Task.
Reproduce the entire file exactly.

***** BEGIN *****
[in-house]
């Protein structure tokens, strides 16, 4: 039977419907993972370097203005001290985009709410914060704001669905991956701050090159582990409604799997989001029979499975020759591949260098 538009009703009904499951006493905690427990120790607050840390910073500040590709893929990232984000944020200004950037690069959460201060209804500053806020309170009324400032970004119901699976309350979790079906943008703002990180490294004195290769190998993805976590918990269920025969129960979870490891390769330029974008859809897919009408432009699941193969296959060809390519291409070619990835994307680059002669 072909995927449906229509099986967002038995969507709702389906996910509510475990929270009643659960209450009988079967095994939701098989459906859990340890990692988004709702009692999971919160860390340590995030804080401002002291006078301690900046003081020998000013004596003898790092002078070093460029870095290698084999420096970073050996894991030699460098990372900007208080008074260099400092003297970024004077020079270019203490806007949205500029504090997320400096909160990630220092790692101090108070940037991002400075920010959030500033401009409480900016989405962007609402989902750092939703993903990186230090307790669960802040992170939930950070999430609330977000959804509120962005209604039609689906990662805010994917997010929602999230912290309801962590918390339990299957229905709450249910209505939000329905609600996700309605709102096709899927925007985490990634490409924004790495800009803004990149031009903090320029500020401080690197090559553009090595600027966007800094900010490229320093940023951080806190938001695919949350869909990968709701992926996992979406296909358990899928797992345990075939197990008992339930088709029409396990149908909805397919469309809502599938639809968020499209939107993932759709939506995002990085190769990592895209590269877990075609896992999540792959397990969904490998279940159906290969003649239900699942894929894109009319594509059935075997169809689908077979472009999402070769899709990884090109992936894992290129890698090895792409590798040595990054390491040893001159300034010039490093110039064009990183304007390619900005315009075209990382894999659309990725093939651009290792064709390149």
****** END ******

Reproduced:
[in-house]
């Protein structure tokens, strides 16, 4: 039977419907993972370097203005001290985009709410914060704001669905991956701050090159582990409604799997989001029979499975020759591949260098 538009009703009904499951006493905690427990120790607050840390910073500040590709893929990232984000944020200004950037690069959460201060209804500053806020309170009324400032970004119901699976309350979790079906943008703002990180490294004195290769190998993805976590918990269920025969129960979870490891390769330029974008859809897919009408432009699941193969296959060809390519291409070619990835994307680059002669 072909995927449906229509099986967002038995969507709702389906996910509510475990929270009643659960209450009988079967095994939701098989459906859990340890990692988004709702009692999971919160860390340590995030804080401002002291006078301690900046003081020998000013004596003898790092002078070093460029870095290698084999420096970073050996894991030699460098990372900007208080008074260099400092003297970024004077020079270019203490806007949205500029504090997320400096909160990630220092790692101090108070940037991002400075920010959030500033401009409480900016989405962007609402989902750092939703993903990186230090307790669960802040992170939930950070999430609330977000959804509120962005209604039609689906990662805010994917997010929602999230912290309801962590918390339990299957229905709450249910209505939000329905609600996700309605709102096709899927925007985490990634490409924004790495800009803004990149031009903090320029500020401080690197090559553009090595600027966007800094900010490229320093940023951080806190938001695919949350869909990968709701992926996992979406296909358990899928797992345990075939197990008992339930088709029409396990149908909805397919469309809502599938639809968020499209939107993932759709939506995002990085190769990592895209590269877990075609896992999540792959397990969904490998279940159906290969003649239900699942894929894109009319594509059935075997169809689908077979472009999402070769899709990884090109992936894992290129890698090895792409590798040595990054390491040893001159300034010039490093110039064009990183304007390619900005315009075209990382894999659309990725093939651009290792064709390149």